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A guide to recover a database out from Suspect mode Expand / Collapse
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Posted Thursday, February 11, 2010 8:41 AM


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Well of course they do - no-one was saying SQL Server is infallible - just that it doesn't fail in the way described.


Paul Randal
CEO, SQLskills.com: Check out SQLskills online training!
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SQL MVP, Microsoft RD, Contributing Editor of TechNet Magazine
Author of DBCC CHECKDB/repair (and other Storage Engine) code of SQL Server 2005
Post #864113
Posted Thursday, February 11, 2010 8:52 AM
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Cars break (or don't brake, thank you Toyota, Honda, Ford), planes break (Boeing, Airbus), my bones have been broken (Mom).

It all comes down to using the best practices to try and keep everything humming along and minimizing the hicups that all software, hardware will eventually suffer.

Having a preventive process in place and the resources, knowledge and processes to lean on when something does break is the key to restful nights and happy
bosses and customers.

Dave

Post #864121
Posted Thursday, February 11, 2010 9:09 AM


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Malcolm Daughtree (2/10/2010)
The more I read on this thread the more worried I become... do you actually believe this ...?

RUNNING OUT OF DISK SPACE WILL NOT SEND YOUR DATABASES SUSPECT.

Come on guys read Books on line, buy an Admin guide, heck fill a disk drive and see what happens. Thankfully its comments like these that keep employers worried and me employeed.


That was not my point. Whatever the failure is or isn't, or as Paul basically states "it doesn't fail in the described way" that is still no reason to not check for available apace left on drives regularly. It can head off a lot of unexpected issues from occurring. That is what I was trying to put forth. It's not so much about what exactly causes or doesn't cause a failure, it's more about installing proactive measures like I stated above to prevent them, or at least notify someone beforehand, in the first place. For example, your car engine can fail for a myriad of reasons (most of them you may not even know), and many of them may have nothing to do with dirty oil, but it would still be foolhardy for anyone to not change the oil regularly.. That is just common sense. So, regardless of whether a full drive causes a suspect database or not in any version of SQL Server, doesn't really matter, even so still check the available space on those drives regularly! :)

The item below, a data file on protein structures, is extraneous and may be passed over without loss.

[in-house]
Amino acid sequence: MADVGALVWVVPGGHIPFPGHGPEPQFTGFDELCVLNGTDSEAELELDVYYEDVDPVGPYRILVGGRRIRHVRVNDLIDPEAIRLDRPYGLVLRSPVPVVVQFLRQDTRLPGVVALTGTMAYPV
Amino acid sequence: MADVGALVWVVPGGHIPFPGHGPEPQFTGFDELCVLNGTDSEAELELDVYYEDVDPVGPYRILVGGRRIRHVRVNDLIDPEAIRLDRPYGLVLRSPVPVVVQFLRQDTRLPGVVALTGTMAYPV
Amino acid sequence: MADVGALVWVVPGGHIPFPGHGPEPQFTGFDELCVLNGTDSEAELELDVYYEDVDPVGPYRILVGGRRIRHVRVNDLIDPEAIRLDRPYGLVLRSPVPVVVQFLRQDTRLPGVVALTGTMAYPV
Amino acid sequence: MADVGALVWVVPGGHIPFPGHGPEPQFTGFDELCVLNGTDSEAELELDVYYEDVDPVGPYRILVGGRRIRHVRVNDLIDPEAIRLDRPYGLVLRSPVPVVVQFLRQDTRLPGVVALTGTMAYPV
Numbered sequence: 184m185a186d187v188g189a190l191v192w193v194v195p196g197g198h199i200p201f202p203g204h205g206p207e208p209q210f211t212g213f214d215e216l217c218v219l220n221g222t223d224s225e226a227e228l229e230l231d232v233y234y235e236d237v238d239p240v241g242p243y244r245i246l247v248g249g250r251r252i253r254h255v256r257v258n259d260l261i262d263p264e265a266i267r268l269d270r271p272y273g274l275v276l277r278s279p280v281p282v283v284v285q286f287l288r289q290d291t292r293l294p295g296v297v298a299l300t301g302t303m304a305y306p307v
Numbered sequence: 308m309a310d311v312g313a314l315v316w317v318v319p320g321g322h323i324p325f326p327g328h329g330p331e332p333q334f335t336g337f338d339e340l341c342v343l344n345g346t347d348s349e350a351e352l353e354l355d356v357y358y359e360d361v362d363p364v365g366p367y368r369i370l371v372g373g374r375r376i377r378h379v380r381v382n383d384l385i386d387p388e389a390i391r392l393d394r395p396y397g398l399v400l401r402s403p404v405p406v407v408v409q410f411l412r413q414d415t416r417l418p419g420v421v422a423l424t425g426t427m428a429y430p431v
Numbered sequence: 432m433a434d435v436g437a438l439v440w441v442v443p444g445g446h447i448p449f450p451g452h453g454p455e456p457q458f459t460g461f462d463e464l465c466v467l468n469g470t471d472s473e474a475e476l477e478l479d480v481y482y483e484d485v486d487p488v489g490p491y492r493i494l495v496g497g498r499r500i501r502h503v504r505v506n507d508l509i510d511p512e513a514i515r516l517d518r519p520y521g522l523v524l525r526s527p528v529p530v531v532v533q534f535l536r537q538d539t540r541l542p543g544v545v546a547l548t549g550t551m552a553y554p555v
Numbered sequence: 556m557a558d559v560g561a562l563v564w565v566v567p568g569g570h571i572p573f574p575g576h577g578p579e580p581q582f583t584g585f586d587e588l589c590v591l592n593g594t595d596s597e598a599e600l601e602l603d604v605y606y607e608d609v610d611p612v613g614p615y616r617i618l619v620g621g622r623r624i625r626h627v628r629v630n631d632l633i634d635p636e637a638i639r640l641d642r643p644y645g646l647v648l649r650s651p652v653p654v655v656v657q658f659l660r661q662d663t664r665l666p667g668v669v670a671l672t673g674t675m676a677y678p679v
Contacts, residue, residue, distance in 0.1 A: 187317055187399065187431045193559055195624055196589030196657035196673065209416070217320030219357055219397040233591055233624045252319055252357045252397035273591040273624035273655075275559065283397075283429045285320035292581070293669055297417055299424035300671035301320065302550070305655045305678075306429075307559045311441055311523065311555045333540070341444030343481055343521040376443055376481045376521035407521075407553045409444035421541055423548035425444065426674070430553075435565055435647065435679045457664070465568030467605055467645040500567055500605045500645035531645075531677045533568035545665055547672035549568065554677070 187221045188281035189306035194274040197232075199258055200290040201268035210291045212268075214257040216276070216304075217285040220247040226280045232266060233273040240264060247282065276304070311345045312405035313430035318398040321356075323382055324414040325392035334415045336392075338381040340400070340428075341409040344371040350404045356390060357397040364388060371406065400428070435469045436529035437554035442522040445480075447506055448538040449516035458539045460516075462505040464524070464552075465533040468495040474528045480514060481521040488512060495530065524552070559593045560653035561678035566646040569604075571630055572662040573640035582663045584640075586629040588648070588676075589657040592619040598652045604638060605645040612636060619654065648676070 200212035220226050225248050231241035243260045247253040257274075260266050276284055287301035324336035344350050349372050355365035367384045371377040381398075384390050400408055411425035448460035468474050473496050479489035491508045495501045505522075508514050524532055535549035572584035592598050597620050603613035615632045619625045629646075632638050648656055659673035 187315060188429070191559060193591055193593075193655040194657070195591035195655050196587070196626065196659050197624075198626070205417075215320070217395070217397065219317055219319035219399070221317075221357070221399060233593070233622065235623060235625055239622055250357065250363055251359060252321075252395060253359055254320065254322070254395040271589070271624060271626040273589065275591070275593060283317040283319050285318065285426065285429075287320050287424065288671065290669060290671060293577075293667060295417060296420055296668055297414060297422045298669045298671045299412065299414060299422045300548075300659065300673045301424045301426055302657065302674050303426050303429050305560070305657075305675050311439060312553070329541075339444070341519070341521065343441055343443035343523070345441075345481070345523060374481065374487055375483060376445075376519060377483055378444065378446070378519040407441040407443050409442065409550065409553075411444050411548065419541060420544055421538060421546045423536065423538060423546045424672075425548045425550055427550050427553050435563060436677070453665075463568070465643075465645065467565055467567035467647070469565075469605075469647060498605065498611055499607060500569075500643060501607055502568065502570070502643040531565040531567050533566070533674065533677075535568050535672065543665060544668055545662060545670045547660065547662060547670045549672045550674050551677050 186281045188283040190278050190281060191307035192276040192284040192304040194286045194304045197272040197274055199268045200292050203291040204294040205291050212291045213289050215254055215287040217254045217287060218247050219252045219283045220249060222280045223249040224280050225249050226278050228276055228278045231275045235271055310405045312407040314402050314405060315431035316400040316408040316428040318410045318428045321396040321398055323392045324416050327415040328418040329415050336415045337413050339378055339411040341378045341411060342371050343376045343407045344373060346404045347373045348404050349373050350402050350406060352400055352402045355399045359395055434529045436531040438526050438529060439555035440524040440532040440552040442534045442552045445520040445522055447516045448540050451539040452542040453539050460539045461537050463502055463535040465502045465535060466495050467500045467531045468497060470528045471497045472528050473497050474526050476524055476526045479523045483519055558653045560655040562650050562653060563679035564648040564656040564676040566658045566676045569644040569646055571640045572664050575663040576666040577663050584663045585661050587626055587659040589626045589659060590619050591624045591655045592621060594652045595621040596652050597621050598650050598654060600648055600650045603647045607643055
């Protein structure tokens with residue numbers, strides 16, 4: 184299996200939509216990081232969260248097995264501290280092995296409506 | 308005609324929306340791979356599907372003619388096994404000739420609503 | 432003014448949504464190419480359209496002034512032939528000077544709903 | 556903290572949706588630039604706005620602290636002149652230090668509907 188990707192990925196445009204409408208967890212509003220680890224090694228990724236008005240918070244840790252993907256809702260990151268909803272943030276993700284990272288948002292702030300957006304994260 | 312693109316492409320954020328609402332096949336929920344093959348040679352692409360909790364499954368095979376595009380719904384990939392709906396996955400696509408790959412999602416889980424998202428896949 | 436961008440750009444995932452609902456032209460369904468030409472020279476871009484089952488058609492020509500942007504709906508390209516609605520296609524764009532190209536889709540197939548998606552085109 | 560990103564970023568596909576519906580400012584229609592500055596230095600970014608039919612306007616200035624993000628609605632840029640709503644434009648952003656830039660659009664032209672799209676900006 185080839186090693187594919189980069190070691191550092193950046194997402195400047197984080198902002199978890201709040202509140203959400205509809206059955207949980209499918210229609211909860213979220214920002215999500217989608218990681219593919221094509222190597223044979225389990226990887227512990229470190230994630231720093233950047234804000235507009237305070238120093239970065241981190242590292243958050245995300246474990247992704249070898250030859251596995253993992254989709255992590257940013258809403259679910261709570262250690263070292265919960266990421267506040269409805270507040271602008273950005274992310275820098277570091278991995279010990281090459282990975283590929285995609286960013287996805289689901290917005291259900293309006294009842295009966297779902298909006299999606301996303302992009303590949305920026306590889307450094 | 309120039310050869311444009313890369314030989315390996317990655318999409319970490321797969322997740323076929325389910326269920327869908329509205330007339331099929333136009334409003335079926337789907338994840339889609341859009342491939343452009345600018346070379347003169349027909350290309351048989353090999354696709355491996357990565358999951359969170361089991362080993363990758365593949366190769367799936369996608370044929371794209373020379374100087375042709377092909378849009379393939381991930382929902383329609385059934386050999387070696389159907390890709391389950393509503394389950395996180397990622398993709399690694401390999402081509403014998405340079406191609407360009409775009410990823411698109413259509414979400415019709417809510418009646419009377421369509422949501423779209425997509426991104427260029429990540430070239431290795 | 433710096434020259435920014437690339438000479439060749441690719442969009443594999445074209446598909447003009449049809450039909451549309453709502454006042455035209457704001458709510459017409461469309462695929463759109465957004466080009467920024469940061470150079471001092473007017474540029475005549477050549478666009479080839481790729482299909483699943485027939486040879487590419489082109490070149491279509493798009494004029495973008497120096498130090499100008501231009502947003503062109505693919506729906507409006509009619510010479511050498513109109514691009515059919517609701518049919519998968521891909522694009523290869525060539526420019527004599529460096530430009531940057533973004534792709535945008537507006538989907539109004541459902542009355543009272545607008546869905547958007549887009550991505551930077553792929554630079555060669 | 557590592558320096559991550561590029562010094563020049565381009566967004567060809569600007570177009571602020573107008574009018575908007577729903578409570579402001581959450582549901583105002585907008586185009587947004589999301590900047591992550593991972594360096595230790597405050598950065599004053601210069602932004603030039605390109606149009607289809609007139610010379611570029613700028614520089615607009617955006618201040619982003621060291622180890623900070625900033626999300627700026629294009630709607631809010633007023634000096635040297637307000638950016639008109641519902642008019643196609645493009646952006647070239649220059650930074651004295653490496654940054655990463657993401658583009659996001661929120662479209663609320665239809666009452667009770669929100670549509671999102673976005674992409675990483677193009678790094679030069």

"Technology is a weird thing. It brings you great gifts with one hand, and it stabs you in the back with the other. ..."
Post #864130
Posted Monday, October 21, 2013 2:49 AM
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Hi Gail,

Your nice-n-simple Offline/Online worked perfectly for us when we had a DB in "Recovery Pending" state.

Cheers!
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Posted Tuesday, March 11, 2014 3:34 AM
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Hi Prasad,

Please help me the complete details in code format.I'm very new to Sql Server.

Appreciate your help on this..

Regards
Ravi Theja
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Posted Thursday, May 22, 2014 4:34 AM
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Follow simple steps to recover sql database suspect mode
1. Change the status of your database. Suppose database name is “BluechipDB”
EXEC sp_resetstatus '';
Example: EXEC sp_resetstatus 'BlueChipDB'
2. Set the database in “Emergency” mode
ALTER DATABASE <Database Name> SET EMERGENCY;
Example: ALTER DATABASE BlueChipDB SET EMERGENCY
3. Check the database for any inconsistency
DBCC CHECKDB('');
Example: DBCC checkdb('BlueChipDB')
4. If you get any error after executing DBCC CHECKDB then immediately bring the database in SINGLE USER MODE by running following query. If no error found then you need not execute the following query.
ALTER DATABASE <Database Name> SET SINGLE_USER WITH ROLLBACK IMMEDIATE;
Example: ALTER DATABASE BlueChipDB SET SINGLE_USER WITH ROLLBACK IMMEDIATE
5. For safety, take the backup of the database.
6. Run the following query as next step. Remember while using the below query, that uses REPAIR_ALLOW_DATA_LOSS, is a one way operation that is once the database is repaired all the actions performed by these queries can’t be undone. There is no way to go back to the previous state of the database. So as a precautionary step you should take backup of your database in step 5 mentioned above.

DBCC CHECKDB ('', REPAIR_ALLOW_DATA_LOSS);
Example: DBCC CheckDB ('BlueChipDB', REPAIR_ALLOW_DATA_LOSS)

7. Finally, bring the database in MULTI USER mode

ALTER DATABASE <Database Name> SET MULTI_USER;

ALTER DATABASE [BlueChipDB] SET MULTI_USER

8. Refresh your database server and verify the connectivity of your database. Now users should be able to connect to the database properly. If any data loss, you can restore database – backup taken in step 5.


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